Oct 28, 2010
Unless you've been living under a rock, you're probably aware of Proposition 19, the ballot measure Californians will vote on next week that would make marijuana legal for all adults and deliver an unprecedented blow to our nation's wasteful, ineffective, and destructive prohibition on a plant less harmful than alcohol.
But you may not have heard that voters in a handful of other states will have opportunities to advance saner marijuana laws on Election Day, as well. Two states, Arizona and South Dakota, have medical marijuana initiatives on the ballot. A third, Oregon, will consider expanding its existing medical marijuana law by authorizing state-licensed dispensaries.
In Vermont and Connecticut, two prospective governors - Democrats Peter Shumlin and Dan Malloy, respectively - are campaigning as supporters of marijuana decriminalization. And voters in dozens of locales in California, Colorado, and Massachusetts will vote on their own local initiatives on various marijuana-related issues. In all, there may be more at stake for marijuana reform on November 2 than in any previous election.
But before a single vote tally is reported, it should be noted that -- regardless of any results next week -- 2010 might already go down in history as a major turning point in the government's failed war on marijuana. It was the year when marijuana prohibition became ingrained as a topic of mainstream public discourse, when political strategists first openly encouraged both major parties to embrace marijuana voters, and when - without much national notice or outrage - a Western state (not California) began to enact the first widespread system of legal, licensed, and regulated marijuana stores anywhere in the nation.
The unprecedented levels of mainstream media coverage generated by Prop. 19 and other marijuana issues cannot be overlooked. When virtually every TV news outlet and major print or online publication in the country gives prominent coverage to marijuana policy, it compels millions of Americans to think seriously about this issue for perhaps the first time in their lives. People who for years may have thought regulating marijuana was a "fringe" idea unlikely to ever come to fruition will inevitably reconsider as they see mothers, former police officers, and a former U.S. surgeon general renouncing our current policies live on television.
Perhaps the most interesting detail in all that coverage was the conspicuous decline of the prohibitionist pundit. In years past, spokespeople for the Marijuana Policy Project and allied pro-reform organizations have been pitted in debates against representatives of the federal government and other talking heads who were more than willing to go on the air and twist reality in order to uphold the status quo. But this year - as my communications staff can attest - it was not uncommon for TV bookers to find it difficult, if not impossible, to confirm guests who would put themselves on the line to argue in favor of prohibition and defend policies that are being increasingly revealed as factually and morally bankrupt.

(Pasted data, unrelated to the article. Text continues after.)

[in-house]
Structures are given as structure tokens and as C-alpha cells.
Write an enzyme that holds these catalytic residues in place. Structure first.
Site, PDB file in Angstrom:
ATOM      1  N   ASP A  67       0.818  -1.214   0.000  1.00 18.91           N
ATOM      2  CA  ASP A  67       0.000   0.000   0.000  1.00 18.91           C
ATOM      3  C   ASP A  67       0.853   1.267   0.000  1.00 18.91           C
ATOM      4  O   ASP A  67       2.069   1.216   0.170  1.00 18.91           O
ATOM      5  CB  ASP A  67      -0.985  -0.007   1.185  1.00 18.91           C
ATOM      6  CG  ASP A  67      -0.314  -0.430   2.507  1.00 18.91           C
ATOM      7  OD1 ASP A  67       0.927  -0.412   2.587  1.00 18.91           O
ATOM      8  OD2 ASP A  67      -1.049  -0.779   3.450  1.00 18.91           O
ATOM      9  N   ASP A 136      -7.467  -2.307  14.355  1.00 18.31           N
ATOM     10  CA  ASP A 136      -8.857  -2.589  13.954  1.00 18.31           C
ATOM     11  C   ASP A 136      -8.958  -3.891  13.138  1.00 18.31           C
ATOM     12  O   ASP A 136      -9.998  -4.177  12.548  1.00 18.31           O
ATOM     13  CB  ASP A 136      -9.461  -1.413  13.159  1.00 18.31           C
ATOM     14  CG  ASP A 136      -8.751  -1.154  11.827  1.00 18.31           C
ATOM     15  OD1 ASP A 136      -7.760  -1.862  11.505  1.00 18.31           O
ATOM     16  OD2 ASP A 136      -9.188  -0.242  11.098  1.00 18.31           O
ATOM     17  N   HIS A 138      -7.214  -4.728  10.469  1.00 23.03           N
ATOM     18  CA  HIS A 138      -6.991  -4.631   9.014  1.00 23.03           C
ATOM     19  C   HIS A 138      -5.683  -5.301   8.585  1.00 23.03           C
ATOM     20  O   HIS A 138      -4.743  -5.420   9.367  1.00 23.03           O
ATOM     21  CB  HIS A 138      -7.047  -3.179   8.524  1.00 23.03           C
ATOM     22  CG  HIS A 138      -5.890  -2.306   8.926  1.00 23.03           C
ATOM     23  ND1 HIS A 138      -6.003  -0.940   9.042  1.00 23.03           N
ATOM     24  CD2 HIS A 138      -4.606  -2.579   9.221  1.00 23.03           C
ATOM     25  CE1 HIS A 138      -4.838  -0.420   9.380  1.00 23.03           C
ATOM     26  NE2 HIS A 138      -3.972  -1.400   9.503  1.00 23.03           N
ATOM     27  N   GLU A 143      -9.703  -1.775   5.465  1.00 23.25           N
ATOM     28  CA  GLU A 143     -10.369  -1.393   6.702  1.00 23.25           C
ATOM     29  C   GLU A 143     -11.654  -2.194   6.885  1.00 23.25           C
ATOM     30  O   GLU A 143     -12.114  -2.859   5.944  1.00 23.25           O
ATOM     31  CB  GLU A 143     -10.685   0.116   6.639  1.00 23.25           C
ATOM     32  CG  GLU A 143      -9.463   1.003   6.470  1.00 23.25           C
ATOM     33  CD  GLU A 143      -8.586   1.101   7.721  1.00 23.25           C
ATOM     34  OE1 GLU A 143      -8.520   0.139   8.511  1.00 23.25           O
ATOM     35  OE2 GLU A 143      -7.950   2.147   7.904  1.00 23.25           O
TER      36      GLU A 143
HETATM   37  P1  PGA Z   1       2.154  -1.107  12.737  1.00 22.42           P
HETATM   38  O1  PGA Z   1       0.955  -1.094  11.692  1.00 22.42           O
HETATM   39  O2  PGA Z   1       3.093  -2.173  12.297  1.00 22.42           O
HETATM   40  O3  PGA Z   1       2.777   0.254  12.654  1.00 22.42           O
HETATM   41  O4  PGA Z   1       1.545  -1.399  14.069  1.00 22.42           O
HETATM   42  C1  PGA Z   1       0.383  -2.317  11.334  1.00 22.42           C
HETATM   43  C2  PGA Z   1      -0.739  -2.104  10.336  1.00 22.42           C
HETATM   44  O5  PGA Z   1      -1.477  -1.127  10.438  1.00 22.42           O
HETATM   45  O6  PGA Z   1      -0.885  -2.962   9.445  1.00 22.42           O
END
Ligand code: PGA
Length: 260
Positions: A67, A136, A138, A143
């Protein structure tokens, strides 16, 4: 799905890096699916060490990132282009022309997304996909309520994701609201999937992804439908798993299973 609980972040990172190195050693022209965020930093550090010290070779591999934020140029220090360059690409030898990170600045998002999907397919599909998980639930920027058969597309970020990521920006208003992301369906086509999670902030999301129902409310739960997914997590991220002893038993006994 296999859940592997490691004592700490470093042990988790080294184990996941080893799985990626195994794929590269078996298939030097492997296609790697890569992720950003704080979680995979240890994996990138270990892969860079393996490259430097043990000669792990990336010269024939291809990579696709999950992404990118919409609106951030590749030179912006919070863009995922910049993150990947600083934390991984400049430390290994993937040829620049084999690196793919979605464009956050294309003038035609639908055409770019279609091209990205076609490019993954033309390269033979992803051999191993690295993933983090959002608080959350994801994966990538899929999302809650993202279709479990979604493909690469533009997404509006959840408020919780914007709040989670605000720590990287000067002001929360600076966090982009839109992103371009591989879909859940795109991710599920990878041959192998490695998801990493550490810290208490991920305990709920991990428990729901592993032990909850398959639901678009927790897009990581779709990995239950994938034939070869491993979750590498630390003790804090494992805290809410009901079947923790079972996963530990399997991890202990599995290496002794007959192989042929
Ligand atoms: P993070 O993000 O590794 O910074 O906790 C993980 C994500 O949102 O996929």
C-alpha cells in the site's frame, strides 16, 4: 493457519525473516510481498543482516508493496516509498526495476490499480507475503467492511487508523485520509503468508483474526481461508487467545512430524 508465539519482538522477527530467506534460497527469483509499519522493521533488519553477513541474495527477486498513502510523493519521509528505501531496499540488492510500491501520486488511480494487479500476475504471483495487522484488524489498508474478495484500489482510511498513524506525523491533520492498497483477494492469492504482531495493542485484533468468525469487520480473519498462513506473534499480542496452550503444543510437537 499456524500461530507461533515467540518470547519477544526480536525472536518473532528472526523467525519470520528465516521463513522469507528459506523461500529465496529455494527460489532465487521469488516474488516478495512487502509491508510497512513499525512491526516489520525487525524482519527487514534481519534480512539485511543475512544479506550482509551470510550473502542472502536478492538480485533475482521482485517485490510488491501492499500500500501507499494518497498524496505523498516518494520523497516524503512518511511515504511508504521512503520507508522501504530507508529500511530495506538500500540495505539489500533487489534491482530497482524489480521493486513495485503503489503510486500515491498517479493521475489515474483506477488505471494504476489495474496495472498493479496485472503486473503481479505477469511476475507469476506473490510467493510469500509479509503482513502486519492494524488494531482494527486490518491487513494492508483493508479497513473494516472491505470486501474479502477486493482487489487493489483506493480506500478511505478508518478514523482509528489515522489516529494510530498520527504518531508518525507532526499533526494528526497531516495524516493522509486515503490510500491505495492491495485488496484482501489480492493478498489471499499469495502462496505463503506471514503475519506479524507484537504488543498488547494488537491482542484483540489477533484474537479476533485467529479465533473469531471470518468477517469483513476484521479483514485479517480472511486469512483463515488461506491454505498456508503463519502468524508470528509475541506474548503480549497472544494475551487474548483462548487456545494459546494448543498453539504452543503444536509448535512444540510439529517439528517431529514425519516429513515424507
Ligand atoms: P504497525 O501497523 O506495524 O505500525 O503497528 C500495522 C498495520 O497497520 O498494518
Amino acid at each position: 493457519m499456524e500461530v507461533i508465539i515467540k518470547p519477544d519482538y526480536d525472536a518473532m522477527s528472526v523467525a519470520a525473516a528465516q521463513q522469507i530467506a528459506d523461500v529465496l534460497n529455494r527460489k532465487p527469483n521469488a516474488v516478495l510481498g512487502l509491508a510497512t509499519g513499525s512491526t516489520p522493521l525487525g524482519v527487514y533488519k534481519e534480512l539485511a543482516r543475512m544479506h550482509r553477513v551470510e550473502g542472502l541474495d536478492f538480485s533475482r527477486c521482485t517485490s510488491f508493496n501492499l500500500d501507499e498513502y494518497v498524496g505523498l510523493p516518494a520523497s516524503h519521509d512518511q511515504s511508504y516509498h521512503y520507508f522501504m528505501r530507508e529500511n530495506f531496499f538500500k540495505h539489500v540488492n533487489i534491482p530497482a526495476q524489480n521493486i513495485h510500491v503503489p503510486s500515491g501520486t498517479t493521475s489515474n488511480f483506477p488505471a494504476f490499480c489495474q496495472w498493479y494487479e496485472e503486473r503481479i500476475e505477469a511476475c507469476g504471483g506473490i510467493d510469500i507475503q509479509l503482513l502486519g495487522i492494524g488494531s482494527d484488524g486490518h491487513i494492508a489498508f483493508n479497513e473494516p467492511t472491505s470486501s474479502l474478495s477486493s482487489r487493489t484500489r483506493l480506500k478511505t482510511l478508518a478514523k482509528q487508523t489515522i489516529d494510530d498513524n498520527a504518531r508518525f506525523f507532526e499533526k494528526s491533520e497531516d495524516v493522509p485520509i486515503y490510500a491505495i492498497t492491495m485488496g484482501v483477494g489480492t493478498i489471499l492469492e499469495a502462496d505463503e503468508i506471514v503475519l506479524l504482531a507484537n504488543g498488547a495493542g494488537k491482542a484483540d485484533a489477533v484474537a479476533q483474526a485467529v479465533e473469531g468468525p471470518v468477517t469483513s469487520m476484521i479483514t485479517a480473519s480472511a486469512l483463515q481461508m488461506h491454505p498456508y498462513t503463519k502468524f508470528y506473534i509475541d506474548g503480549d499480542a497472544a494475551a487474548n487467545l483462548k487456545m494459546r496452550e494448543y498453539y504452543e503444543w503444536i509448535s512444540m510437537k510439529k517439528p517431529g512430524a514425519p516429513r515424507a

Indeed, the man who became the de facto leading voice of the opposition against Prop. 19 in California was a previously unknown recovering drug addict whose best arguments against marijuana legalization included borderline indecipherable rants about cobras, rattlesnakes, and the devil.
This intellectual void on our opponents' side, combined with increasing support for reform among voters, led most naysayers in California to abandon questioning the merits of legalization itself and focus instead on the specific language of Prop. 19. As pointed out by the Los Angeles Times:
About half of [voters] now consistently tell pollsters they want to legalize marijuana, which opponents tacitly acknowledge by aiming their arguments not at legalization but at this particular initiative, ridiculing it as flawed. The argument signed by Sen. Dianne Feinstein in the voter guide begins: "Even if you support legalization of recreational marijuana, you should vote 'No' on Proposition 19."
It's worth noting that the Los Angeles Times itself, along with almost every other major daily newspaper in California, editorialized against Prop. 19 while also tacitly acknowledging the rationale - and in certain cases, the inevitability - behind regulating marijuana like alcohol.
In fact, this year's most telling statistic about the future of marijuana reform might be this one, from a Rasmussen poll conducted in July: Nearly two-thirds of Americans (65%) now believe that it is "somewhat likely" that marijuana will become legal in the United States in the next 10 years. "Just 28% do not expect this to happen," according to the poll.
Combine that growing sense of inevitability with the exceptionally high percentage of young and up-and-coming voters who passionately believe marijuana should be legal, and fundamentally changing our nation's broken marijuana laws seems more attainable than ever.
But of course nothing is guaranteed or should be taken for granted. The millions of Americans who want to see these laws change will be looking to voters in places with marijuana initiatives to cast a strong vote against the status quo and in favor of reform on November 2. MPP and others are already planning similar initiatives for future years, but we could use every bit of momentum possible to dismantle the "Berlin Wall" of marijuana prohibition.
So, if you live in one of those aforementioned states, remember to go out and vote for more sensible marijuana laws, while keeping in mind that ending marijuana prohibition in this country is achievable - and may be closer than you think.